Bombs were falling on Vietnam
like hard rain over my garden. July
peas gave their first growth for canning
and my cousin Jim left for boot camp.
Thirty years later, I stare at photographs
of Iraqi prisoners, most my cousin’s age,
hooded and stripped, stacked in a pyramid.
An American soldier teeters on top,
someone’s daughter and already fatigued.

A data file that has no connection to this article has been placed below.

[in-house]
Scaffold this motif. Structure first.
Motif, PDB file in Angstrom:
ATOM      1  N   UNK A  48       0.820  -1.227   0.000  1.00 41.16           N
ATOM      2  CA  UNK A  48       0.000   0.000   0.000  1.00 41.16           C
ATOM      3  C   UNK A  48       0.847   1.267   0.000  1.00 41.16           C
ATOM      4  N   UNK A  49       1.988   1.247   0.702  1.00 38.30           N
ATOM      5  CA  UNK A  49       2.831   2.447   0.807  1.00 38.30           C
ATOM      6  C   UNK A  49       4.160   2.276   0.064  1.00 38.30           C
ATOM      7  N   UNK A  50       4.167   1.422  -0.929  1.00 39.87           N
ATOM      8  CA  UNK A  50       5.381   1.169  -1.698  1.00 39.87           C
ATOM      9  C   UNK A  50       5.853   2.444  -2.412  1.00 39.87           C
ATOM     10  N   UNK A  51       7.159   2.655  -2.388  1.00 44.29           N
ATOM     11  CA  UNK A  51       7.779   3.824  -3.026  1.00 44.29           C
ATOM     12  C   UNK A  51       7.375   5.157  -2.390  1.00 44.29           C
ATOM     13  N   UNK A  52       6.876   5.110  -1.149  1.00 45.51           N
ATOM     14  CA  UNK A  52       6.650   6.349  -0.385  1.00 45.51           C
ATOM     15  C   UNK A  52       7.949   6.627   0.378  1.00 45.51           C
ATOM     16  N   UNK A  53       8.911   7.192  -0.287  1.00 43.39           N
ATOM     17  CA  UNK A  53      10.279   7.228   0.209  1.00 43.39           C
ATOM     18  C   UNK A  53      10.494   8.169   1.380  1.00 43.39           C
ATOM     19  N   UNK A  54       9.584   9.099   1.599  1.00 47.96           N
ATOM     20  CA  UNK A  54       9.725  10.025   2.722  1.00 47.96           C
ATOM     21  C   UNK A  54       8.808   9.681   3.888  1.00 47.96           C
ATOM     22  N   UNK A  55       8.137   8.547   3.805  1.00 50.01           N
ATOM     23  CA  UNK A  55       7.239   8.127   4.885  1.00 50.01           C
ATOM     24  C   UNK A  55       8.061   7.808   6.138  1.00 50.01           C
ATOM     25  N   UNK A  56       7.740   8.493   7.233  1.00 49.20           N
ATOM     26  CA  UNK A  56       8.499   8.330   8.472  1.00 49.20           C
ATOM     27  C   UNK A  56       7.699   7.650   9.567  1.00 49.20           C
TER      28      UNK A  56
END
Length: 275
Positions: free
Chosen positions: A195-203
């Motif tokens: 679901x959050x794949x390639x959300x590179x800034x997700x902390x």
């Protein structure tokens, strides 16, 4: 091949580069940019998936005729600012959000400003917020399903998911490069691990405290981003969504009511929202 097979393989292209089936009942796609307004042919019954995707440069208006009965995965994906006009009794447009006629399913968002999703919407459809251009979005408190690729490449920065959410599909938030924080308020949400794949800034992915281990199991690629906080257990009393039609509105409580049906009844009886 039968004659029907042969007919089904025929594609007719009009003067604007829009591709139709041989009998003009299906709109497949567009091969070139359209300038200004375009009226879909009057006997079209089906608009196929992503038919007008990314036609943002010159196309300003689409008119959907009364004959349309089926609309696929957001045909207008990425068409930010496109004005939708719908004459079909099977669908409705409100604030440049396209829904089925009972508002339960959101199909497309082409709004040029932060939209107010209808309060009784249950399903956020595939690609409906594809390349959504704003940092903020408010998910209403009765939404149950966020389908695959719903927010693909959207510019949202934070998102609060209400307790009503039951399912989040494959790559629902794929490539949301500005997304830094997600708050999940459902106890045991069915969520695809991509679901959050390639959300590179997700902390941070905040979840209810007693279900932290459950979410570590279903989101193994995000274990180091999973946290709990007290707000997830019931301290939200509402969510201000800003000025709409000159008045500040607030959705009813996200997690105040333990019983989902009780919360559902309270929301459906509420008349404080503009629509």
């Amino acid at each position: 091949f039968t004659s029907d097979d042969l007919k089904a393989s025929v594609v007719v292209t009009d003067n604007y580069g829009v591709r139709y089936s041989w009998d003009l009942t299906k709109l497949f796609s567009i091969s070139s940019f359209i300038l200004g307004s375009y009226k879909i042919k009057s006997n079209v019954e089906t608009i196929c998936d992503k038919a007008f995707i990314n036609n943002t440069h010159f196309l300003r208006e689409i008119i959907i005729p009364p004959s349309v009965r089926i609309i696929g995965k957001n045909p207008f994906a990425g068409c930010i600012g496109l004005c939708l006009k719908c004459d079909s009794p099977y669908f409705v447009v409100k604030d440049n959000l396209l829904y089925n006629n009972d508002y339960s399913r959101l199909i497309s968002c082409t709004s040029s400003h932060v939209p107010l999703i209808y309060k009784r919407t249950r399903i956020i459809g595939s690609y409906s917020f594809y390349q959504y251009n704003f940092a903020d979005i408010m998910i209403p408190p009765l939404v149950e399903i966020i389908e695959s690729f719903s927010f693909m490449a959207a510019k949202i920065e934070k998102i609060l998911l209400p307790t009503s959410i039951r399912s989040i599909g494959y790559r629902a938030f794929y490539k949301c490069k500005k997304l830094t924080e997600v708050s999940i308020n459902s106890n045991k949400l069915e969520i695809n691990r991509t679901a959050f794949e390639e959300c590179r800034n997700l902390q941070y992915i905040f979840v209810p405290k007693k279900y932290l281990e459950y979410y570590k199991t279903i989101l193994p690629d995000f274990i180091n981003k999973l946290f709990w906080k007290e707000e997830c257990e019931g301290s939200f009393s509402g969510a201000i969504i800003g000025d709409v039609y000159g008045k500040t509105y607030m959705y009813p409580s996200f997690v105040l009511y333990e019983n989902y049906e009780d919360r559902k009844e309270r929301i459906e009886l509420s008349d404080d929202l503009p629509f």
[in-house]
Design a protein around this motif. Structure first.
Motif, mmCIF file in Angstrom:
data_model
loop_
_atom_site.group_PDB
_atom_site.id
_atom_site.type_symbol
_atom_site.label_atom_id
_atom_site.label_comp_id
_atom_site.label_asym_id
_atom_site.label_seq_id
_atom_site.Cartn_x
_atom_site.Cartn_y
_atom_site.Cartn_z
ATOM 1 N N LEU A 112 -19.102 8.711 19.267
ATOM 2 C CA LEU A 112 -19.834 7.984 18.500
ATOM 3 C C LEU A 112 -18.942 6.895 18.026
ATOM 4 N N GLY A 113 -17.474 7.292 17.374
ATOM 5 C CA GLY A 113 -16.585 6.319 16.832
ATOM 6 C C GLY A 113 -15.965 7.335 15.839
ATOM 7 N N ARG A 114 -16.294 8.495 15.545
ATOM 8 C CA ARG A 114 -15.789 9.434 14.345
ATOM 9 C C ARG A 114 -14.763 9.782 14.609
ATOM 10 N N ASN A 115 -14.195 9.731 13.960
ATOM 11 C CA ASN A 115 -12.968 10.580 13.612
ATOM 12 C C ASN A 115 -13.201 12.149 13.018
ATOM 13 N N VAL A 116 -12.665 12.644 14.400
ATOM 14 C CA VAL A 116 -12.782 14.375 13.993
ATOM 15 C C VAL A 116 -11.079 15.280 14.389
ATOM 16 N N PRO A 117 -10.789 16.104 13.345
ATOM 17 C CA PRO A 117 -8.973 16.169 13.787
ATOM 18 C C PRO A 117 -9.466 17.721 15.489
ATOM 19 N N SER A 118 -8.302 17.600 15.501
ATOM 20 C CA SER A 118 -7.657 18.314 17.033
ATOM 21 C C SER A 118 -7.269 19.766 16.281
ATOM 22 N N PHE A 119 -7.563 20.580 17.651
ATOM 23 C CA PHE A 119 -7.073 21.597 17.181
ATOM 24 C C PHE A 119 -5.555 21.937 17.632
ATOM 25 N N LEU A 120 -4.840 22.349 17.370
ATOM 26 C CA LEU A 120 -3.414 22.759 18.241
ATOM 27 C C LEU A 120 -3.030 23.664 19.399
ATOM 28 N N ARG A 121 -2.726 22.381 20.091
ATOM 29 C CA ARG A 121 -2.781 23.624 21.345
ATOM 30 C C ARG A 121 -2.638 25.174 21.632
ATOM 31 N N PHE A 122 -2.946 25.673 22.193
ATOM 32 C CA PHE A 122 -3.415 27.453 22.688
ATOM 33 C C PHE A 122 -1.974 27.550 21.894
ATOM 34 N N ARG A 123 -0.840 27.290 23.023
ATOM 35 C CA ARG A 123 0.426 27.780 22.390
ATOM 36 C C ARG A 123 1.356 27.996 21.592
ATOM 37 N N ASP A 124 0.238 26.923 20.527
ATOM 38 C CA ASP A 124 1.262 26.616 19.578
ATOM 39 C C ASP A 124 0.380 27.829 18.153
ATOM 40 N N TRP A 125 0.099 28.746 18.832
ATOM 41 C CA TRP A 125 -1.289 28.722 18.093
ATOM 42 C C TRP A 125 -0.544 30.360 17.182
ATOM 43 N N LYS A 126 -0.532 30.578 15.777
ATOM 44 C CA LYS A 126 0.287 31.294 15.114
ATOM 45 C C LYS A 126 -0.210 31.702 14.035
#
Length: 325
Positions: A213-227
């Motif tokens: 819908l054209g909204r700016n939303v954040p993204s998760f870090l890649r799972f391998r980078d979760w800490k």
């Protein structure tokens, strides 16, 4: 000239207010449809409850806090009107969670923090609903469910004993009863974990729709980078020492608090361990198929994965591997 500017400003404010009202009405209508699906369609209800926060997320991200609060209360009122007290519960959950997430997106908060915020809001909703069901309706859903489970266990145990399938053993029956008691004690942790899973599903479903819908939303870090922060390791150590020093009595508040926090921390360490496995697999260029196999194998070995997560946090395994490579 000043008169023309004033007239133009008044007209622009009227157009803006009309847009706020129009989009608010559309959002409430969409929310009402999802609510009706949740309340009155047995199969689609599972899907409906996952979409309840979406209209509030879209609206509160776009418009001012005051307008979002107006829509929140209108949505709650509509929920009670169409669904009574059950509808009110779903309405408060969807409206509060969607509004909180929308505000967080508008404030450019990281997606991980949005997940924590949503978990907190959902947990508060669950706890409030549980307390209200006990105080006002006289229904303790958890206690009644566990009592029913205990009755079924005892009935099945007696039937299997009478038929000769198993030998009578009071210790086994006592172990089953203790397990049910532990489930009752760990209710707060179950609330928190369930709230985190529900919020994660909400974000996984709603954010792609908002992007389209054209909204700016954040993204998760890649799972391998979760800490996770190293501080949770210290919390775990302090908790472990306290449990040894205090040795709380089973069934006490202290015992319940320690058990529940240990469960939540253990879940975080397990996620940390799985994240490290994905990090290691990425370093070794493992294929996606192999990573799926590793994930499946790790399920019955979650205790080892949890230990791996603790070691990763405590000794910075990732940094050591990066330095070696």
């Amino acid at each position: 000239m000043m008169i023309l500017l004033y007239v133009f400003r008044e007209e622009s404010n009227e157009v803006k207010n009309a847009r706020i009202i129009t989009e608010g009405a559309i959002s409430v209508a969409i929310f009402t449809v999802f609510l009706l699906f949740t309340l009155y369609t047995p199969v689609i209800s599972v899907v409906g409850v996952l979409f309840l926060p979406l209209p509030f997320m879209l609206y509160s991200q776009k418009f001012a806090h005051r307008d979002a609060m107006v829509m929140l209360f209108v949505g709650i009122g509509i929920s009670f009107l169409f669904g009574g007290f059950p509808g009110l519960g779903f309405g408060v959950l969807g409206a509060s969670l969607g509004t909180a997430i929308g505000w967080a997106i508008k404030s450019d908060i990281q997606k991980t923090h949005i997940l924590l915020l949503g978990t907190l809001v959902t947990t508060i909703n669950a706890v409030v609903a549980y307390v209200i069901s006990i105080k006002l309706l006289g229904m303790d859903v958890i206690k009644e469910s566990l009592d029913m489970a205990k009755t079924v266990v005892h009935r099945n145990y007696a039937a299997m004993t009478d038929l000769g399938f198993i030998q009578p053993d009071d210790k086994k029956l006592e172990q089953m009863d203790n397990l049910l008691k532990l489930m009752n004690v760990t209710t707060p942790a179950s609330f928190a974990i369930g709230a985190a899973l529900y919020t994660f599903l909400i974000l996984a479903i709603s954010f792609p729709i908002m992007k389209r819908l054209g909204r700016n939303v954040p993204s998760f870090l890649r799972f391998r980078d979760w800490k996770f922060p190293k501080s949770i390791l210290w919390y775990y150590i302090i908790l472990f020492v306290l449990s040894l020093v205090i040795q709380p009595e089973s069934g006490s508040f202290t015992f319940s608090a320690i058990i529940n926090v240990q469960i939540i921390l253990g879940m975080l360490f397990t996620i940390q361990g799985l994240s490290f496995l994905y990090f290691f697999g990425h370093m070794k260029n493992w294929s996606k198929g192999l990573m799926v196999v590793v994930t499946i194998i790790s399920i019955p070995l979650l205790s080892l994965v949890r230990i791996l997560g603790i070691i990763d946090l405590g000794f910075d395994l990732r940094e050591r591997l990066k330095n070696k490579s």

Like Jim, she’ll never come back, not really—
not the girl with half-shut eyes splitting threads
of a baseball, knocking it beyond bleachers
into a galaxy of spitting stars, hot
and nameless, too new for the Milky Way.